Category Archives: Guest Post

The War to Start All Wars: The 25th Anniversary of the Forgotten Invasion of Panama

Yves here. Why is war becoming a dominant line of business for a soi-disant democracy? In the 19th century, the consensus among the capitalist classes was that armed conflict was bad for business. Europe had a nearly 100 year of peace, with only short-lived conflicts as punctuation.

The rationale for America’s militaristic foreign policy was that spreading democracy would promote peace, since as conventional wisdom had it, democracies don’t go to war with other democracies. But the more accurate statement might be that many democracies (Russia and most countries in South America being noteworthy exceptions) have accepted the US security umbrella and are no longer capable of defending themselves (for instance, Mathew D. Rose noted that “much of the German military hardware is dysfunctional due to austerity and endemic corruption“). But the promise of a Pax Americana in the wake of the fall of the USSR has instead morphed into the US running ongoing wars and counterinsurgencies, even as our troops are strained to the breaking point. And it’s clear that these campaigns are more about looting than about making America and its allies safer. The classic Military Misfortunes: The Anatomy of Failure in War has an afterword which discusses the failed Iraq peace, pointing out that it was absurd to expect the Iraqi army to be able to stand up against foreign attack (this years before it collapsed when ISIS looked cross-eyed at it). Similarly, that a big part of the failure to reconstruct the country was due to the use of US contractors. Not only did they cost ridiculously more, but the failure to employ local firms and hire locals meant little of the spending went into the Iraq economy. Rebuilding would also have given young men meaningful and well-paid work. The absence of that made them good raw material for the opposition.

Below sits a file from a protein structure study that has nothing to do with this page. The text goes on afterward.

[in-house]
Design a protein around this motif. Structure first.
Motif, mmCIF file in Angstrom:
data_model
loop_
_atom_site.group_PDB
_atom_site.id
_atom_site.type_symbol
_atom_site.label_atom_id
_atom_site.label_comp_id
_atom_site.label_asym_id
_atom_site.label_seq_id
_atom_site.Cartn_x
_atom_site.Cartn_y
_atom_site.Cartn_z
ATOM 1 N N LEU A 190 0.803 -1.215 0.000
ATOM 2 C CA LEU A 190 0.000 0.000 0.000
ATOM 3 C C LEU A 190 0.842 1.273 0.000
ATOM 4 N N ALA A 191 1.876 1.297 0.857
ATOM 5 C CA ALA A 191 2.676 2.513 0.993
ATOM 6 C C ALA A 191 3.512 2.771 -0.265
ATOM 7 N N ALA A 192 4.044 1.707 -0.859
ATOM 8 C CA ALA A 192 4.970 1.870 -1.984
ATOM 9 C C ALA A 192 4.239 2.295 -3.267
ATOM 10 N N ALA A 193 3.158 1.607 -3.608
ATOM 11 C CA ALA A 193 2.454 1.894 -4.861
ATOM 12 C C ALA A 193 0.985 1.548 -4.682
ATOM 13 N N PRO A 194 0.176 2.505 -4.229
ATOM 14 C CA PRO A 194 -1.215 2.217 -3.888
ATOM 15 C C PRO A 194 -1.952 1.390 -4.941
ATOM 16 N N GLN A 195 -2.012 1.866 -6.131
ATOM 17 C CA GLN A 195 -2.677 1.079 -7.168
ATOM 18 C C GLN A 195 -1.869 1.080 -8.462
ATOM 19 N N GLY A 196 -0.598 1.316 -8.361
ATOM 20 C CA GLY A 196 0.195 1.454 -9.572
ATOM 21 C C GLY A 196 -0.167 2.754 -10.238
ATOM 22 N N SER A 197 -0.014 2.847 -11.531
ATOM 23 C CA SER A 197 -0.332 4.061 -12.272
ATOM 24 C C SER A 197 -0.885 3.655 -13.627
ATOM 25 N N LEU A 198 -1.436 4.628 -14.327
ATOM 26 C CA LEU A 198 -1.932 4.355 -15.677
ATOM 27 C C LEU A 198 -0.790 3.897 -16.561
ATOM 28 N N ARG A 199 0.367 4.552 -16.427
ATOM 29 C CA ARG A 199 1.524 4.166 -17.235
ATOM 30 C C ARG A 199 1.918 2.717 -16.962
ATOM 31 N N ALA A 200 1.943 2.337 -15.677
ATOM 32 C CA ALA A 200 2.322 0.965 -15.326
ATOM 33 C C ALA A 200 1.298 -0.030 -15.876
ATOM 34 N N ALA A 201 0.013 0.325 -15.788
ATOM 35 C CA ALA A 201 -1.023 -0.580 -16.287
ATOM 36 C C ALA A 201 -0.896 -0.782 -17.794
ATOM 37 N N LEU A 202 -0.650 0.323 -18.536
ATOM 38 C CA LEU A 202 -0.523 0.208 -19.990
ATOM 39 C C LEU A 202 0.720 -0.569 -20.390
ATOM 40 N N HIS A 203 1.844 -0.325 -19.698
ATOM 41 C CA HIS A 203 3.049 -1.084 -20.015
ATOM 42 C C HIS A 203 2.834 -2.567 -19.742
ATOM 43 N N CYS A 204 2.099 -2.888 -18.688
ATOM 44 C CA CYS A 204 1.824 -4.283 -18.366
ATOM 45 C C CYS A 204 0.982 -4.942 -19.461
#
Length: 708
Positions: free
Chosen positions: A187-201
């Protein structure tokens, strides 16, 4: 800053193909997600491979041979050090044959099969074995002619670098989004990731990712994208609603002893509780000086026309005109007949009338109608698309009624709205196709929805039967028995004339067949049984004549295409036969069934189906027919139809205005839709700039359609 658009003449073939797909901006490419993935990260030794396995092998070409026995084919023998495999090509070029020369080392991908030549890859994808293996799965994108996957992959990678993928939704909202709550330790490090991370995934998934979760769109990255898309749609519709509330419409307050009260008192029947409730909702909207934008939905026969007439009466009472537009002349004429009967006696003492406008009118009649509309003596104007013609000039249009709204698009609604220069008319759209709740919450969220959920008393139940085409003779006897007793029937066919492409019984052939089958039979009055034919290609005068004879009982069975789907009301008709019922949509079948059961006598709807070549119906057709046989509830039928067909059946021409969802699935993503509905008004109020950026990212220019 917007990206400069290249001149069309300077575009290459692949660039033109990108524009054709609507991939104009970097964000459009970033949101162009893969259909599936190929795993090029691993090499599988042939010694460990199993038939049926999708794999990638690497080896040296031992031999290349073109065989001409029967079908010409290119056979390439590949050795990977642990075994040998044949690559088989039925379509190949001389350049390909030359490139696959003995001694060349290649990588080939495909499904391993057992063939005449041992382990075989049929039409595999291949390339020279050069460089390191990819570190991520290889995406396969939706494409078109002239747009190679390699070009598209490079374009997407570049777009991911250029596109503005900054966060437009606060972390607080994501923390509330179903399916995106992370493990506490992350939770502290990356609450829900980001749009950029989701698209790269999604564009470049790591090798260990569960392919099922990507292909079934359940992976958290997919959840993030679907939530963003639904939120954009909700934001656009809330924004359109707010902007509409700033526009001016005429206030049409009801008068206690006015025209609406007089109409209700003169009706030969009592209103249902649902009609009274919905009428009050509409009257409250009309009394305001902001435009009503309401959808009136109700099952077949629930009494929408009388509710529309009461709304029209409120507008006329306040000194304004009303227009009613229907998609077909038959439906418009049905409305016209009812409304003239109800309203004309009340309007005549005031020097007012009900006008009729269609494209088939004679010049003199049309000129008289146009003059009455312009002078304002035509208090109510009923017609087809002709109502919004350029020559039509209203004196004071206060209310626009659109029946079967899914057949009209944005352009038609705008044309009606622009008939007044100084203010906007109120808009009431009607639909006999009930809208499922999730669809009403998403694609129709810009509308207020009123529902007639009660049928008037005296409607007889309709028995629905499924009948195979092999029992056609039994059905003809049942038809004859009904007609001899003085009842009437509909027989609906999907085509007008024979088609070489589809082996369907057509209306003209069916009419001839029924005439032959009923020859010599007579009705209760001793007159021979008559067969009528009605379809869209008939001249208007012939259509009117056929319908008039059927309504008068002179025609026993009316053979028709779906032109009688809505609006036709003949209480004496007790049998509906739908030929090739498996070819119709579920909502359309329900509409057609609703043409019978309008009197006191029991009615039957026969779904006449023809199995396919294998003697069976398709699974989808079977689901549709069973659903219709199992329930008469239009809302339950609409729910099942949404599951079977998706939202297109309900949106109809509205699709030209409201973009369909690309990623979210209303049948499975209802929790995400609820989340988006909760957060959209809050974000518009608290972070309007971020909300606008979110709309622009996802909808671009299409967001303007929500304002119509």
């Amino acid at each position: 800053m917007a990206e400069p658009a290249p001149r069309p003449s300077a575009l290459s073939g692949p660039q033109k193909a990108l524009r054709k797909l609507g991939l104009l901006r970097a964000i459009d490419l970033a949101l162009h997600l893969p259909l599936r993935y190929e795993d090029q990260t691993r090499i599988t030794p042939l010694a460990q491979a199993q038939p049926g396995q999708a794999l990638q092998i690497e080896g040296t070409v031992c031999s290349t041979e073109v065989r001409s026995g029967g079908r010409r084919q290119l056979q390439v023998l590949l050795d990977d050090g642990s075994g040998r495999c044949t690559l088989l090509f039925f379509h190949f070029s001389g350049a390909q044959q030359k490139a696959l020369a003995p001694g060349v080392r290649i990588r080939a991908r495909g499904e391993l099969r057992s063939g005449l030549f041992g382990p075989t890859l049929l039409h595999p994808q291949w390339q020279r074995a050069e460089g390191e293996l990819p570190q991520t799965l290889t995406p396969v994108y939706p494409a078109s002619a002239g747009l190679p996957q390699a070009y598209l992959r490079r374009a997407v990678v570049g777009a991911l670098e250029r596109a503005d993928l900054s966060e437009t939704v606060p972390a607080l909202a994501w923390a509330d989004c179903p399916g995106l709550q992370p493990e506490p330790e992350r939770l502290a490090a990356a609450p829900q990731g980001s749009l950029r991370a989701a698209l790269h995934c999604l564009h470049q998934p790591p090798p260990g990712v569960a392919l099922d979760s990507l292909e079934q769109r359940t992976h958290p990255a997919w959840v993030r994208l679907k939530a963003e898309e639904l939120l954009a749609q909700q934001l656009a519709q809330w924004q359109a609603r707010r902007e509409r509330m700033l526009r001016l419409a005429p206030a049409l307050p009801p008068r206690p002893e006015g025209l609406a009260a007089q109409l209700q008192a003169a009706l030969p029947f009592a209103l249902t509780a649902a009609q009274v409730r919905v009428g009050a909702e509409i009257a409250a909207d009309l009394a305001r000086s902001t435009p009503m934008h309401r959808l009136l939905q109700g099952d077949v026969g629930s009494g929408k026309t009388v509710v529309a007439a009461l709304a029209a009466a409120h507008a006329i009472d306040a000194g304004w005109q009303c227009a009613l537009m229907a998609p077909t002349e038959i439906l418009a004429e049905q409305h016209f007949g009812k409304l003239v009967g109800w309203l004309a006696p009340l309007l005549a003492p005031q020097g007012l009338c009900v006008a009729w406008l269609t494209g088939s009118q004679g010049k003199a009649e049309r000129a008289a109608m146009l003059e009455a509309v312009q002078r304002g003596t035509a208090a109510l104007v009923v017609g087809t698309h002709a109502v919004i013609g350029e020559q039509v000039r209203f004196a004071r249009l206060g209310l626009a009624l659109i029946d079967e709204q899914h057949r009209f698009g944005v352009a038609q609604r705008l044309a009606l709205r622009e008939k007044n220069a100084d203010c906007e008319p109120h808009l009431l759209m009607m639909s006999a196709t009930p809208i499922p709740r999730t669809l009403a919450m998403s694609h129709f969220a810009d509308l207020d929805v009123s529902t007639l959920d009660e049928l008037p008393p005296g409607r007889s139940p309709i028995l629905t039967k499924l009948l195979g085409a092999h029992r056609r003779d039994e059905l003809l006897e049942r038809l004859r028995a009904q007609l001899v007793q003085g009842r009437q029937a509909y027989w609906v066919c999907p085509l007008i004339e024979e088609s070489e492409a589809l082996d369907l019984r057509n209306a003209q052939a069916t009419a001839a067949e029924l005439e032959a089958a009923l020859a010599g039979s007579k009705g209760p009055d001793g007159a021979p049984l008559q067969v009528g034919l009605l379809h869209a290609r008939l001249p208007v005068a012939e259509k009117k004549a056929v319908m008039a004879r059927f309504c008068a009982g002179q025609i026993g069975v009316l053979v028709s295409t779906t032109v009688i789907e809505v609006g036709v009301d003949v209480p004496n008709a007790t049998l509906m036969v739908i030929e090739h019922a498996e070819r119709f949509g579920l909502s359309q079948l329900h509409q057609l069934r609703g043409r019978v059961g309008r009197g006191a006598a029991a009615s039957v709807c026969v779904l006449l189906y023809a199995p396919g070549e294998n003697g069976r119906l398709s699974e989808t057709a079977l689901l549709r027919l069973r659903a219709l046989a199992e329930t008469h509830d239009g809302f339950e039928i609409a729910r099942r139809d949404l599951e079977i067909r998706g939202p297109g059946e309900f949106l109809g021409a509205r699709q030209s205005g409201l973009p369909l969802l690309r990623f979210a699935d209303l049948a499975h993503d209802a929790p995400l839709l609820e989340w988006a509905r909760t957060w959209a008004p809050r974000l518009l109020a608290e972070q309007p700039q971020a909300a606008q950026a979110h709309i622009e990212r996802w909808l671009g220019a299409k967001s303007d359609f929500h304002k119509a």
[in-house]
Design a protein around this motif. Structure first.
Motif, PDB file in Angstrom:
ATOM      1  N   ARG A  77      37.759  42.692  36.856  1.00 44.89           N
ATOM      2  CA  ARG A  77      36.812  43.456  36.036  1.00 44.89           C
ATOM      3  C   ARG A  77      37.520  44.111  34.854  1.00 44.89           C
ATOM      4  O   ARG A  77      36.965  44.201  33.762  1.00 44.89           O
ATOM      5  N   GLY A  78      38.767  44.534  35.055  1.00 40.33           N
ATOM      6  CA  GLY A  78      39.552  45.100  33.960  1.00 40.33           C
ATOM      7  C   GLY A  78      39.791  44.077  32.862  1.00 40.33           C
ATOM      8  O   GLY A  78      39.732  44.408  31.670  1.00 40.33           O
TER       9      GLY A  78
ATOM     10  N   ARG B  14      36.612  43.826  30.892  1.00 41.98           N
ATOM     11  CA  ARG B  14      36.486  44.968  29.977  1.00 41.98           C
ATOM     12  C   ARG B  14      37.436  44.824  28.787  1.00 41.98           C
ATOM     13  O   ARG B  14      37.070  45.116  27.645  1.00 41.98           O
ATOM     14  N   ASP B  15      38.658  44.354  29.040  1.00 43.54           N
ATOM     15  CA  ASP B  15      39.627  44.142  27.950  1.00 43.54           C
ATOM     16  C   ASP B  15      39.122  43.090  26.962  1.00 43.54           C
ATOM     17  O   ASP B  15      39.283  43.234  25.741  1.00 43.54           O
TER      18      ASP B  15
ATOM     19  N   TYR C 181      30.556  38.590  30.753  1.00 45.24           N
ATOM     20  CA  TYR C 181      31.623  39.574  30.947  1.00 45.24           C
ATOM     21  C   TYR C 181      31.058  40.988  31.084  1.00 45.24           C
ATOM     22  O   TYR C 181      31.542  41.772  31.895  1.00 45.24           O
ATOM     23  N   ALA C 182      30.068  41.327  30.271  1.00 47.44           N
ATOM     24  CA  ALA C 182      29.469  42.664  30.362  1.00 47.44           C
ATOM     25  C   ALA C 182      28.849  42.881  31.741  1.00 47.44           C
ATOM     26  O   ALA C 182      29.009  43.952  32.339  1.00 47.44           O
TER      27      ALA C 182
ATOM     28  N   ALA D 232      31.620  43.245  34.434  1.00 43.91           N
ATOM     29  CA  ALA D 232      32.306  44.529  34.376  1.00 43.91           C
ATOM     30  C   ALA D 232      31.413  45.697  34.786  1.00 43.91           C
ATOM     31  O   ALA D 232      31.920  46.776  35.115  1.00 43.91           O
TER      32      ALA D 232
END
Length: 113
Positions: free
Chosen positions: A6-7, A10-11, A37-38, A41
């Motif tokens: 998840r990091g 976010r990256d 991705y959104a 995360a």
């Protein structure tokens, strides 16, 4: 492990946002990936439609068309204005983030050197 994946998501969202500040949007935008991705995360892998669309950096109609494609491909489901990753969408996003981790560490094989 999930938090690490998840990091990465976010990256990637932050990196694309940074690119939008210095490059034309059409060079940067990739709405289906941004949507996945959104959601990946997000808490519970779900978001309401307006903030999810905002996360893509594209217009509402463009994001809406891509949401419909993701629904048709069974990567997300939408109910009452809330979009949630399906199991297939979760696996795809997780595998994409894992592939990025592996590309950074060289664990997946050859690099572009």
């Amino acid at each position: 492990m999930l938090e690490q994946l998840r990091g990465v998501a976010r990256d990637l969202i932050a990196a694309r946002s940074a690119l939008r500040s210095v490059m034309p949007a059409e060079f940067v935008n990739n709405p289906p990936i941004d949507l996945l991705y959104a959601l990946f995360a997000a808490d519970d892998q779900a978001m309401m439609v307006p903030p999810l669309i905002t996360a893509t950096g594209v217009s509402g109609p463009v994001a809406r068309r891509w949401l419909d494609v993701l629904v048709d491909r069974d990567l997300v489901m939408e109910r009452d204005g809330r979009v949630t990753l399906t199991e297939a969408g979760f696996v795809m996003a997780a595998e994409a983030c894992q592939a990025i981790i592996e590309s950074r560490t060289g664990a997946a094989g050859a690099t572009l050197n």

In other words, America has turned long-standing commercial logic on its head. Yet there has been perilous little in the way of complaint from the business community. Is it because one of America’s recent growth engined, the tech industry, gets far too much in the way of goodies from defense-related R&D to challenge this equation? Or that US multinationals believe, rightly or wrongly, that the safety of their extended supply chains depends on military might, and so they see their interests as aligned with US adventurism? Or is it simply that the US has gotten to be very good at propaganda (see Alex Carey, Taking the Risk out of Democracy, for a long-form treatment), with the result that many people operate from assumptions that would not stand up to scrutiny?

Read more...

Putin: Battered, Bruised But Not Broken

Yves here. The triumphalism among Western commentators as the ruble plunged last week is more than a little cringe-making. We’re not yet in Two Minute Hate territory yet, but this feels like a warmup. Robert Parry provides an insanity check:

Official Washington’s “group think” on the Ukraine crisis now has a totalitarian feel to it as “everyone who matters” joins in the ritualistic stoning of Russian President Putin and takes joy in Russia’s economic pain, with liberal economist Paul Krugman the latest to hoist a rock…